Posts Tagged ‘beets’

by Caitlin Saniga

Shaved candy cane beets and tomatoes with spicy oregano

I’ve always wanted to make something with candy cane beets because they’re so gorgeous. I knew that roasting and other heavy heat methods of cooking can mute the striped pattern, so I thought that if I sliced the beets thinly enough, they wouldn’t need to be cooked as much. The super-fine raw beets weren’t bad, but in the end I decided to steam them, which helped. Placing them in a single layer encouraged them to soften quickly and preserved the pretty red-and-white pattern.


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by Sarah Steimer

Pasta with brown butter beets and orange-sage ricotta

Don’t skimp on the seasoned ricotta! The orange zest and sage really add a fresh bite to the earthy pasta. The walnuts are a must as well, for the crunch factor. This dish is a playful pink for Valentine’s Day — but it also offers some very deep, wonderful flavors and velvety texture. Romance on a plate!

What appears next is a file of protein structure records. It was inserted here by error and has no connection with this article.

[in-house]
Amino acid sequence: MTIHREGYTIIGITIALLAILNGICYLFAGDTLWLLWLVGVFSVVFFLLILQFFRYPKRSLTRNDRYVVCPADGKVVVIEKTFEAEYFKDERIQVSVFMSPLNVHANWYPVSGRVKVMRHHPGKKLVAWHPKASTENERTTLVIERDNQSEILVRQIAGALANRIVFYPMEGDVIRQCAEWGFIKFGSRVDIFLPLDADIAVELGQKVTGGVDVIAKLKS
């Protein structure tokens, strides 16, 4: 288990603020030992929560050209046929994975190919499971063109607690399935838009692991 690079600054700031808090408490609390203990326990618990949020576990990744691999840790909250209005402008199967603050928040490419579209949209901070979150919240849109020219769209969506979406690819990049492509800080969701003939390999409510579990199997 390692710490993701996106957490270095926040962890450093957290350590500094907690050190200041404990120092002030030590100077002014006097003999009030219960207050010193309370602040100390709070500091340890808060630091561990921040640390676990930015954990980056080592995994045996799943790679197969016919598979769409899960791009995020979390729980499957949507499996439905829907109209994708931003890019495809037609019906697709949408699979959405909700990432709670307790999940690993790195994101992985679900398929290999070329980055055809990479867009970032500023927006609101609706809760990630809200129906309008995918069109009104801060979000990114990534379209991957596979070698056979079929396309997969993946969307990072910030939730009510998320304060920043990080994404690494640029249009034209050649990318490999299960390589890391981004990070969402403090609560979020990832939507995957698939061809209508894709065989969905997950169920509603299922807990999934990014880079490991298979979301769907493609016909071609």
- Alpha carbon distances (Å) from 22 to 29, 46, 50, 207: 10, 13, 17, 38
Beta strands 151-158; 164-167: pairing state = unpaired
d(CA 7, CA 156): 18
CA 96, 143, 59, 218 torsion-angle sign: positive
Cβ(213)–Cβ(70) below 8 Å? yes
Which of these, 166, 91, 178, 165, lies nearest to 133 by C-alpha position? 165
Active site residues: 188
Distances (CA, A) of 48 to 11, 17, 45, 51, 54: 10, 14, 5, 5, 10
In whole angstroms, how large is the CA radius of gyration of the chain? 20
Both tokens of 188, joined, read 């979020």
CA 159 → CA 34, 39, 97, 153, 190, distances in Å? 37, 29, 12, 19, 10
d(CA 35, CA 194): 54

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by Caitlin Saniga

Grilled beets and peaches with poppyseed dressing

I’m clinging on to every last excuse to use the grill before fall really kicks in. These beets took on a nice, mildly smoky flavor, and the scallion and peaches tasted all-out grilled. Tip for the beets: If the paper towel method for rubbing away the skin seems like too much of a mess, run the beets under cold water while peeling instead.


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by Sarah Steimer

Using beets instead of food coloring will yield a more deep red-brown color, versus a bold red color from food dye. Even though the color isn't as pronounced, I still prefer the natural route.

Using beets instead of food coloring will yield a more deep red-brown color, versus a bolder red color from food dye. Even though the color isn’t as pronounced, I still prefer the natural route. I topped my waffles with just a dusting of powdered sugar for the photo, but these would be great with syrup, a berry compote and/or some dark chocolate shavings.

  • 2 medium-sized beets
  • 1 cup whole wheat flour OR wheat pastry flour